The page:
Lewis Hamilton was in scintillating form as Mercedes dominated Friday practice at the Japanese Grand Prix.
He was 0.833 seconds clear of title rival Sebastian Vettel’s Ferrari, and 0.461secs faster than team-mate Valtteri Bottas at the Suzuka track.
Hamilton was even faster on the ‘soft’ tyre, the middle compound this weekend, than Vettel was on the fastest ‘super-soft’.
The Briton also narrowly avoided a huge crash in first practice.
Frenchman Pierre Gasly was driving his Toro Rosso slowly on the racing line at the chicane and Hamilton had to take avoiding action and run into the escape road as he closed in at a frightening speed.
The two drivers were summoned to see the stewards to discuss the incident, where officials handed Gasly a reprimand.
Hamilton was fastest in the first session, when he was 0.446secs ahead of Bottas and 0.682secs quicker than Red Bull’s Daniel Ricciardo in third.
‘I’m having the best day’
His pace was reflected in his mood, saying over the radio: “This track is awesome. I’m having the best day.”
Hamilton’s pace continued the impression that Mercedes have made a dramatic step forward in performance following the end of the European season.
At the Italian Grand Prix in early September, Ferrari locked out the front row of the grid, but that was the last of a series of races dating back to the German Grand Prix in late July when the Italian team appeared to have the fastest car.
Mercedes took a surprise step forward in Singapore in September, a track that had traditionally been a bogey circuit for them, and Hamilton took pole and a dominant win.
Mercedes then locked out the front row in Russia last weekend, where Bottas handed Hamilton the win to make it four victories in the past five races for the Briton.
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What about race pace?
Although it is only Friday practice, and form does not always translate into qualifying and race, the performance on the first day of the Japanese Grand Prix was disheartening for Ferrari.
Not only were they close to a second lap slower than Mercedes in qualifying time, Hamilton also had a huge advantage on their race-simulation runs, where Hamilton was 0.7secs quicker than Vettel on the super-soft tyre.
However, the gap is so large that most will assume something else is at play – and that perhaps Ferrari have their engines turned down for reliability purposes on Fridays when it does not matter.
Hamilton starts the weekend in Japan with a 50-point championship lead, and can win the title by finishing second in all the remaining races, and third in a couple, even if Vettel wins them all.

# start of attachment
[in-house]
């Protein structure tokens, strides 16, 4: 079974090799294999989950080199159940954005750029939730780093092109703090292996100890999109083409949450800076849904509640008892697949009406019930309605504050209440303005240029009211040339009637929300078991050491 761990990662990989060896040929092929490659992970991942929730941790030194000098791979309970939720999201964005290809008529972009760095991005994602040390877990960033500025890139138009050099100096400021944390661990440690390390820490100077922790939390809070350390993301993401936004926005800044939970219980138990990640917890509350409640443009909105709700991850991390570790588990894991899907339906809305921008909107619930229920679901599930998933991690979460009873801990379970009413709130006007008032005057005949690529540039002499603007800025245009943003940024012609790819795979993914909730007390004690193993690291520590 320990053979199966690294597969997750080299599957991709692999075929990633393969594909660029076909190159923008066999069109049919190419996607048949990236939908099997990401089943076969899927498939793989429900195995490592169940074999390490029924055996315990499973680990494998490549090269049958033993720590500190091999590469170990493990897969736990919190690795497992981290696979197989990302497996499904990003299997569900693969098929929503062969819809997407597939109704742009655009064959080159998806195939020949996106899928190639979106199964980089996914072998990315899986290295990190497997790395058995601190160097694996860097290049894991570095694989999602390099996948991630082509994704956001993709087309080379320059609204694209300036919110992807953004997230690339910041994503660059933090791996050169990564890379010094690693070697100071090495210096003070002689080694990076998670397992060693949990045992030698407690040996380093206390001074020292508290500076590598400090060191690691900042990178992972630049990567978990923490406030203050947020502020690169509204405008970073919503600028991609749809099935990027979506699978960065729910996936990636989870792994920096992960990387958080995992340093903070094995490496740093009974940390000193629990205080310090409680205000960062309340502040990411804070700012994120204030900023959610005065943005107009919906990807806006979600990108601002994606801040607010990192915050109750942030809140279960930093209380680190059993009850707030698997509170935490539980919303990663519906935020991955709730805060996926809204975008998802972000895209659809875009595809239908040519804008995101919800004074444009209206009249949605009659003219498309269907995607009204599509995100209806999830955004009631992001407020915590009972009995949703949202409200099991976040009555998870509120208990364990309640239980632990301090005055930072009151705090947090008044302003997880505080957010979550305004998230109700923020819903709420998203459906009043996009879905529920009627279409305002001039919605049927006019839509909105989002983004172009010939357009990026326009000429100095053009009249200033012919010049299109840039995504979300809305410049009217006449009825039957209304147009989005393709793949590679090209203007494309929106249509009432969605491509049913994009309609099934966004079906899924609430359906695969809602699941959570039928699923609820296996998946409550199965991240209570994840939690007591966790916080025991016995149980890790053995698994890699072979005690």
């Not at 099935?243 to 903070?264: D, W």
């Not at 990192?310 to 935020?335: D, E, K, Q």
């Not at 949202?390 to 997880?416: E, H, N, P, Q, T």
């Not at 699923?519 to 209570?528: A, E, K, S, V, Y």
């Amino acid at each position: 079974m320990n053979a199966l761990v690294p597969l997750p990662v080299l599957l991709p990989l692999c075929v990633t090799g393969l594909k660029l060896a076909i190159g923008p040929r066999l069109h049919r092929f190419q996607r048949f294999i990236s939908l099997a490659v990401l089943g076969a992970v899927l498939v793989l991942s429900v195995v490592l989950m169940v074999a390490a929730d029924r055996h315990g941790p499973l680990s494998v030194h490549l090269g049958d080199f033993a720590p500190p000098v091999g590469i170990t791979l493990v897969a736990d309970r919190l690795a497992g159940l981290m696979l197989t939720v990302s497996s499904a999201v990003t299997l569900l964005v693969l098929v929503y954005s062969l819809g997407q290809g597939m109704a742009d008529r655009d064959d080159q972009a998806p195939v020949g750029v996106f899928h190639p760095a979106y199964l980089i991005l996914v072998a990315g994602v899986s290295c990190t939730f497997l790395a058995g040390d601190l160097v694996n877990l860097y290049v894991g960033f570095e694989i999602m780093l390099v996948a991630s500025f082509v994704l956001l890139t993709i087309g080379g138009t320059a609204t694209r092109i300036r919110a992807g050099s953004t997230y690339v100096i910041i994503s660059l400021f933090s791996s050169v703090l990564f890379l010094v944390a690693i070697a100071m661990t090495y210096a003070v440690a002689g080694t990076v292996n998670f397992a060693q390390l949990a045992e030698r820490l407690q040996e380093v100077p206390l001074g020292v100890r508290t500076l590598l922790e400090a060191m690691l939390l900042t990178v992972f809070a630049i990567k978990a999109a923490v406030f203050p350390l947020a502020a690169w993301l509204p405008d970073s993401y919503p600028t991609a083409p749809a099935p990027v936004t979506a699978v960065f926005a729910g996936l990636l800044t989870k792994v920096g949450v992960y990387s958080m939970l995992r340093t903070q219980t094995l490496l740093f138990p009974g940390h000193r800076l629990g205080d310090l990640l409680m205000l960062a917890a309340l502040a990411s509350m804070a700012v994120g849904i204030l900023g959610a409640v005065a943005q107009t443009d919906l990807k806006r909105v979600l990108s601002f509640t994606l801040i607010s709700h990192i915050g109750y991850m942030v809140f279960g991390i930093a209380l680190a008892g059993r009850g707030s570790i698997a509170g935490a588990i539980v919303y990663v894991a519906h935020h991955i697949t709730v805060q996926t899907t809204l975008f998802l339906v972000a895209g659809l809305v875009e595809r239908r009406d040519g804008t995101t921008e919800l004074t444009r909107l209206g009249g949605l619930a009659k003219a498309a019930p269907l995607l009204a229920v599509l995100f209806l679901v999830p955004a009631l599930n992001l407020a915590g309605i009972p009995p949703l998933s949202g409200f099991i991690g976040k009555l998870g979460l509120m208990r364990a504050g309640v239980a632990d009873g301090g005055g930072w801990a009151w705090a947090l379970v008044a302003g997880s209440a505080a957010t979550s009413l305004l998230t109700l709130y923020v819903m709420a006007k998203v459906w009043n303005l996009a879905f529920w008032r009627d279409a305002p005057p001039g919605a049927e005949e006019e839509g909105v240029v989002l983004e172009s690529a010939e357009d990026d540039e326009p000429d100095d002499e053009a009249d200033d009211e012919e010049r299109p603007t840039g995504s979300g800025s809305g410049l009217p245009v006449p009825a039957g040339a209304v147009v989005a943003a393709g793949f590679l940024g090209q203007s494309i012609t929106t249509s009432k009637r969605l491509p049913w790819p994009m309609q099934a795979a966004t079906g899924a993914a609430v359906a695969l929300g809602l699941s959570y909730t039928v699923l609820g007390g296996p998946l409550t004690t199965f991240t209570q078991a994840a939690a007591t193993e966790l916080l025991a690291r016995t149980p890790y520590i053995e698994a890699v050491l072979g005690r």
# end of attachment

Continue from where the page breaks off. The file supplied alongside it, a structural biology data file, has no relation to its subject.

But the sort of form Mercedes showed on Friday at Suzuka, one of the world’s greatest race tracks, suggests any hopes Vettel might have of somehow getting back on terms with Hamilton are dim indeed.
What they said
Hamilton said: “Suzuka has to be one of my favourite circuits, if not the favourite one – it’s very cool. Especially the first and second sectors are insane, the first section is the best roller coaster ride that I’ve felt in a Formula 1 car.
“The balance was in quite a nice place, so I was just enjoying it. Every year I come back, there are always areas that I can improve, so I was like: ‘There are two or three corners where I know that I need to kill it this year,’ and I got straight up to it. I was much better than I had ever been through those particular corners.
“I’m just loving driving more than ever; when you get in the car, it’s just the best.”
Vettel said: “I don’t think we tried something different to other Fridays. We know what the car can do and we need to focus on that to try to get everything out to put us in the best possible position. If we can grasp pole, great, but if not we need to be right behind.”
Both Ferraris were suffering from blistered tyres on their long runs, and Vettel said: “We were sliding a little too much and when you slide, the temperatures go up and blistering is caused by sliding and we were probably damaging the tyres more than others.
“It has been a clean Friday, no issues with the car. We focus on our work and we try to squeeze everything that is left in the car.”
Best of the rest
Max Verstappen was the fastest Red Bull in fourth place, a second off the pace.
Behind the top six, Force India’s Esteban Ocon was best of the rest in seventh, ahead of Haas driver Romain Grosjean, Sauber’s Marcus Ericsson and Toro Rosso’s Brendon Hartley.
McLaren did not run on the fastest super-soft tyre because they have chosen to bring only four sets to Japan for each driver – three fewer than anyone else.
Fernando Alonso was 17th fastest and team-mate Stoffel Vandoorne slowest of all, a second off the Spaniard.
Who will win in Japan?
Choose your top three drivers from the list below